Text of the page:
The main activities of the Observatory are intense study and research on different research branches that are inspired by the suggestions of its participants. One of the founding principles of GEO is also the exchange and confrontation with different organizations: GEO aims at creating an opportunity for dialogue, confrontation and cooperation on green economy themes among institutions, enterprises and the world of research.

As said, the Observatory consists of two different but integrated working groups: the research activities are developed together, but always maintain a different focus according to the specific working group they belong to. Each working group pursues specific goals, in close collaboration with the other group’s goals and activities.

Through the sharing of research themes, the variety of topics considered, and both research and analysis perspectives (Policy and Management), GEO offers concrete occasions for inspiration, development and exchange for all green economy actors.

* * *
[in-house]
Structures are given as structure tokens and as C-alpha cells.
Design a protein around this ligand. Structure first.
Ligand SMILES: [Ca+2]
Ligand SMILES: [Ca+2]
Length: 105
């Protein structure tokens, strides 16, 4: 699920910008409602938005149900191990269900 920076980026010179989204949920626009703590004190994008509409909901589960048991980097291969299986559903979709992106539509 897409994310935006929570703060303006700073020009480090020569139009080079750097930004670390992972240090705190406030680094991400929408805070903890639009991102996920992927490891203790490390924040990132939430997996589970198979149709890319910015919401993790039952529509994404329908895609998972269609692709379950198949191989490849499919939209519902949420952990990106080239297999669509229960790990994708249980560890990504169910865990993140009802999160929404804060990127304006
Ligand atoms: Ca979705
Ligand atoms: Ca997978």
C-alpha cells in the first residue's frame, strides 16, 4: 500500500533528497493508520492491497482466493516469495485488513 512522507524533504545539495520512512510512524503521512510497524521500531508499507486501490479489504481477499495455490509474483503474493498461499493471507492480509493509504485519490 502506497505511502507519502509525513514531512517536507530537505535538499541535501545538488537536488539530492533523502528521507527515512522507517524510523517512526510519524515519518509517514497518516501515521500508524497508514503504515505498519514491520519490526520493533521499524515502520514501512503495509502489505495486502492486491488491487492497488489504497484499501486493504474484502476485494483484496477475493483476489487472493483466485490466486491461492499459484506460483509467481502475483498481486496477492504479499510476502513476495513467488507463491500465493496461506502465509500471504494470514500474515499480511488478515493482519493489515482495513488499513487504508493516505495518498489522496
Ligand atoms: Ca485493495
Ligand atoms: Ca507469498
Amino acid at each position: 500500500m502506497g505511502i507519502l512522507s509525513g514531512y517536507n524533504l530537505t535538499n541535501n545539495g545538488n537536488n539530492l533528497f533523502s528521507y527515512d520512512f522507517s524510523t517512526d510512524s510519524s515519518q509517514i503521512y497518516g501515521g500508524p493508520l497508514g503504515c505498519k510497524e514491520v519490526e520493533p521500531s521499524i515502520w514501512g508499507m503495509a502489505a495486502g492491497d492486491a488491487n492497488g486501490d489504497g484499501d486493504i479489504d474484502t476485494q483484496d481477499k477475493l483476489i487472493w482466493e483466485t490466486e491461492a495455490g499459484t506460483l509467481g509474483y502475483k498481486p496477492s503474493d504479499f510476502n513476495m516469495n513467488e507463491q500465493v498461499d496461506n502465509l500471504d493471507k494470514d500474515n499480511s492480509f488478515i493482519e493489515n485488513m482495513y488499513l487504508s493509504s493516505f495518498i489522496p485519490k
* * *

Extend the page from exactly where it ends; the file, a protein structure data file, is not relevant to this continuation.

Research activities follow different paths, according to which working method best suits the theme concerned: I&I – Inform and Innovate studies the new international trends and new European policies through specific surveys, so as to keep participants always up to date and to give visibility to the most innovative policies, tools and management approaches; B&B – Brainstorm and Benchmark provides focus on specific topics chosen by the participants and promotes the exchange of knowledge to develop new tools and more effective operational solutions, as well as to strengthen the existing know-how through the sharing of experience; T&T – Test and Train pursues the experimental application of methods, policy and management tools through application tests, guided simulations, case studies, support and assistance of the participants, with research and innovation activities; and finally D&D – Debate and Develop provides a space for dialogue and confrontation among all participants, to develop innovative proposals, define positioning documents and promote the development and improvement of policies and tools that are deemed the most suitable to sustain enterprises and industries in a Green Economy perspective.